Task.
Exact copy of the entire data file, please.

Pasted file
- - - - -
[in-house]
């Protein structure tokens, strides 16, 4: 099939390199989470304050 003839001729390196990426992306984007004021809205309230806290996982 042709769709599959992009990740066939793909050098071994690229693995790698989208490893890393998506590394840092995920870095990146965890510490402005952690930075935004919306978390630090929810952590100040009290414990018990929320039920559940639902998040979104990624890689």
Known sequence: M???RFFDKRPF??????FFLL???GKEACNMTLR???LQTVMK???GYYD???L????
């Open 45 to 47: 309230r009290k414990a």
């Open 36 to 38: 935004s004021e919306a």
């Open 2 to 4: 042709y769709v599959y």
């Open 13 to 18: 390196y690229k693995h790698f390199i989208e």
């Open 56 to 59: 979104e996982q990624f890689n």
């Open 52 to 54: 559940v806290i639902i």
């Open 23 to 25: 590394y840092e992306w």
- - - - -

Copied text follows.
[in-house]
């Protein structure tokens, strides 16, 4: 099939390199989470304050 003839001729390196990426992306984007004021809205309230806290996982 042709769709599959992009990740066939793909050098071994690229693995790698989208490893890393998506590394840092995920870095990146965890510490402005952690930075935004919306978390630090929810952590100040009290414990018990929320039920559940639902998040979104990624890689």
Known sequence: M???RFFDKRPF??????FFLL???GKEACNMTLR???LQTVMK???GYYD???L????
């Open 45 to 47: 309230r009290k414990a």
């Open 36 to 38: 935004s004021e919306a």
């Open 2 to 4: 042709y769709v599959y």
């Open 13 to 18: 390196y690229k693995h790698f390199i989208e």
């Open 56 to 59: 979104e996982q990624f890689n």
């Open 52 to 54: 559940v806290i639902i």
């Open 23 to 25: 590394y840092e992306w």